Music

The Popguns: Pop Fiction

The Popguns are an archetypal '80s/'90s Brit indie band who, although they can knock out a passable tune, lack the inspiration or adventure to stray any distance from their fixed musical roots.


The Popguns

Pop Fiction

Label: Matinee
UK Release Date: 2014-12-02
US Release Date: 2014-12-02
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The Popguns belong to a particular musical genre which -- and many would say, thank God for that -- will never die. It’s a style which has its genesis in the '60s Rickenbacker greatness of the Beatles and the Byrds; was sieved though '70s pop gems served up by the likes of Big Star and the Raspberries; then morphed through a very '80s British pop haze of the shoegazer bands. Mid-'90s Britpop also carried the banner to some extent.

It’s maybe therefore no surprise that the Popguns should be related to a British indie sub-shoegazer, the Wedding Present (they inherited the drummer). David Gedge could deliver three-minute melodic cameos to order. The Popguns were founded as far back as 1986, and these musical roots show. Since then, the band has episodically released albums and singles, but Pop Fiction is their first fully-fledged outing since 1996’s A Plus De Cent. This release has coincided with the band starting a series of live gigs up and down the UK.

So what do you get from the 2014/15 version? From the first note up, you sense that little is going to alter from the Popguns’ basic template. Opener "City Lights" is a pleasant guitar chugger, distinguished most of all by Wendy Pickles' (nee Morgan) light airy vocals. It’s a track that could have come out of primetime Britpop from 1995, and is no less likeable for that.

And so the tracks continue in the same vein: "If You Ever Change Your Mind" sets the jingle-jangle guitar button and doesn’t really relent; "Lovejunky" ditto, but lacking in much feeling. "Still Waiting for the Winter"’s initial muted tones herald more promise, but soon segue into the familiar buzz jangle. By the time you get to "Alfa Romeo" (great title), you are less willing to forgive the often banal lyrics that the Popguns can generate (it's apparently about the legendary trumpeter Chet Baker but here we basically hear an aimless list of glamorous capital cities to match the aforementioned glossy automobile of Baker).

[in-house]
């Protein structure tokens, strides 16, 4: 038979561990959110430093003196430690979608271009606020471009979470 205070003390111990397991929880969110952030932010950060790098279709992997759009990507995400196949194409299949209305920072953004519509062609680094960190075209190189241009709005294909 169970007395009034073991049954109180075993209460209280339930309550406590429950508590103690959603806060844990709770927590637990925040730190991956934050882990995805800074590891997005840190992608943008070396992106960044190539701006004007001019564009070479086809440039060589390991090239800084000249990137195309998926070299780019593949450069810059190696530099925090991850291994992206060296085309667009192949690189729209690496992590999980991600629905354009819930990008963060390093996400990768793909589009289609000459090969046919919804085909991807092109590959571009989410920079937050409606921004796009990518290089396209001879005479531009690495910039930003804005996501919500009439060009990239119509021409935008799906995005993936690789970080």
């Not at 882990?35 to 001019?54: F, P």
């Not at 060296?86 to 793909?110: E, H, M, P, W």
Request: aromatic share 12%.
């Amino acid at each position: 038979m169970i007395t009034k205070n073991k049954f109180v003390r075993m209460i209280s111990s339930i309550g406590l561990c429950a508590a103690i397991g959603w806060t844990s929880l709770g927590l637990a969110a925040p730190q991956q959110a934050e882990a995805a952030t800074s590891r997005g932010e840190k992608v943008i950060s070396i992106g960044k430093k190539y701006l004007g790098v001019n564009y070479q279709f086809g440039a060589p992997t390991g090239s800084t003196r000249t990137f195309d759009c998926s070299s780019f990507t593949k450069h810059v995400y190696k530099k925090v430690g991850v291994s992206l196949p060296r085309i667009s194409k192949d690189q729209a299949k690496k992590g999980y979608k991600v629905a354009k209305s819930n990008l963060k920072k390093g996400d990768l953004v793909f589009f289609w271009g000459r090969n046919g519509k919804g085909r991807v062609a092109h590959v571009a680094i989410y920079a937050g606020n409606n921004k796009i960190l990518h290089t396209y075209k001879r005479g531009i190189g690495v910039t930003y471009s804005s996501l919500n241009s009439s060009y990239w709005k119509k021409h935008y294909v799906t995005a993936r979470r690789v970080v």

The next two songs, "Out Of Sight" and "Not Your Night Tonight", therefore come as something of a belief, demonstrating that the Popguns do know the meaning of light and shade. "Out of Sight" employs a slower rhythm and sound effects. "Not Your Night Tonight" (another great title) is the most interesting of the lot - a tempo similar to a classic Oasis B-side, "Half The World Away", played in waltz time interspersed with some welcome gentle piano notes. Wendy Morgan invests the song (and the message - “I can’t give you what you want”) with more emotion than on any other performance. The overall atmosphere is imbued with genuine pathos, not the more customary bathos.

The final three tracks -- "Leaning on the Backline", "Something Going On" and "I’ll See You Later" -- revert to type. At least the latter carries some guitar crunch, but the songs generally meander and it is as if the band have run out of their stock of tunes.

Last month’s reissues of Jellyfish’s Bellybutton and Spilt Milk show how jangly power pop can be twisted and manipulated into a music both listenable and idiosyncratic. The Popguns, I suspect, are neither capable nor really that interested in getting out of their comfort zone. Some of these songs would be easy enough to hear on the radio, but overall file this under mundane.

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